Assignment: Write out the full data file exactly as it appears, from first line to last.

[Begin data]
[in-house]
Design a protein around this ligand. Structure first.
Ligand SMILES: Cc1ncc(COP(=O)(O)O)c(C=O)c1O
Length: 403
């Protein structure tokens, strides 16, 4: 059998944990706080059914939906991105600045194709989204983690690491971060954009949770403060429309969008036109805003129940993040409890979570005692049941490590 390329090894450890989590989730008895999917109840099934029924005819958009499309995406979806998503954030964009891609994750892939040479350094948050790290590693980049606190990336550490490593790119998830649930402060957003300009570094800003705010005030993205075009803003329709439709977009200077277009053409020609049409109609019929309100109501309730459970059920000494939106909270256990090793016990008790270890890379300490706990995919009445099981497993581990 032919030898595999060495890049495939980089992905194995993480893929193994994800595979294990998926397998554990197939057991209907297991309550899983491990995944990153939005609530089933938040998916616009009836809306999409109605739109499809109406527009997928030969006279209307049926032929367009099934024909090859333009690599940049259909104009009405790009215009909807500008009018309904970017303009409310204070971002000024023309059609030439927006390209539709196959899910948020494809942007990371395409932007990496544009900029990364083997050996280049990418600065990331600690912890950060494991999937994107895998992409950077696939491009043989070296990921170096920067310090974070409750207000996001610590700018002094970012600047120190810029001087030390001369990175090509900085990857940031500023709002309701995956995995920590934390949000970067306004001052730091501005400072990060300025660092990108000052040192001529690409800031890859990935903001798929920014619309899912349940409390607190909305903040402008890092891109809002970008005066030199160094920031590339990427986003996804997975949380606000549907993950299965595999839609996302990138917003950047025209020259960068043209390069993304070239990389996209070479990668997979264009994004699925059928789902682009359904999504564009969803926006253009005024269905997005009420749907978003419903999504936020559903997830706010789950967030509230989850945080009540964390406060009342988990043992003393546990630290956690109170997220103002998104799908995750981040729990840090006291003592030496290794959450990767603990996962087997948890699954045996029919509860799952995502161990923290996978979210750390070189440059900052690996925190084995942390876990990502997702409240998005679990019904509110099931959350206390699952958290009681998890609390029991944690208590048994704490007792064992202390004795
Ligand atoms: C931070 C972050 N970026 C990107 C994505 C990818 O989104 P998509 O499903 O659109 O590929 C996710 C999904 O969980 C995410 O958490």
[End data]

[in-house]
Design a protein around this ligand. Structure first.
Ligand SMILES: Cc1ncc(COP(=O)(O)O)c(C=O)c1O
Length: 403
């Protein structure tokens, strides 16, 4: 059998944990706080059914939906991105600045194709989204983690690491971060954009949770403060429309969008036109805003129940993040409890979570005692049941490590 390329090894450890989590989730008895999917109840099934029924005819958009499309995406979806998503954030964009891609994750892939040479350094948050790290590693980049606190990336550490490593790119998830649930402060957003300009570094800003705010005030993205075009803003329709439709977009200077277009053409020609049409109609019929309100109501309730459970059920000494939106909270256990090793016990008790270890890379300490706990995919009445099981497993581990 032919030898595999060495890049495939980089992905194995993480893929193994994800595979294990998926397998554990197939057991209907297991309550899983491990995944990153939005609530089933938040998916616009009836809306999409109605739109499809109406527009997928030969006279209307049926032929367009099934024909090859333009690599940049259909104009009405790009215009909807500008009018309904970017303009409310204070971002000024023309059609030439927006390209539709196959899910948020494809942007990371395409932007990496544009900029990364083997050996280049990418600065990331600690912890950060494991999937994107895998992409950077696939491009043989070296990921170096920067310090974070409750207000996001610590700018002094970012600047120190810029001087030390001369990175090509900085990857940031500023709002309701995956995995920590934390949000970067306004001052730091501005400072990060300025660092990108000052040192001529690409800031890859990935903001798929920014619309899912349940409390607190909305903040402008890092891109809002970008005066030199160094920031590339990427986003996804997975949380606000549907993950299965595999839609996302990138917003950047025209020259960068043209390069993304070239990389996209070479990668997979264009994004699925059928789902682009359904999504564009969803926006253009005024269905997005009420749907978003419903999504936020559903997830706010789950967030509230989850945080009540964390406060009342988990043992003393546990630290956690109170997220103002998104799908995750981040729990840090006291003592030496290794959450990767603990996962087997948890699954045996029919509860799952995502161990923290996978979210750390070189440059900052690996925190084995942390876990990502997702409240998005679990019904509110099931959350206390699952958290009681998890609390029991944690208590048994704490007792064992202390004795
Ligand atoms: C931070 C972050 N970026 C990107 C994505 C990818 O989104 P998509 O499903 O659109 O590929 C996710 C999904 O969980 C995410 O958490």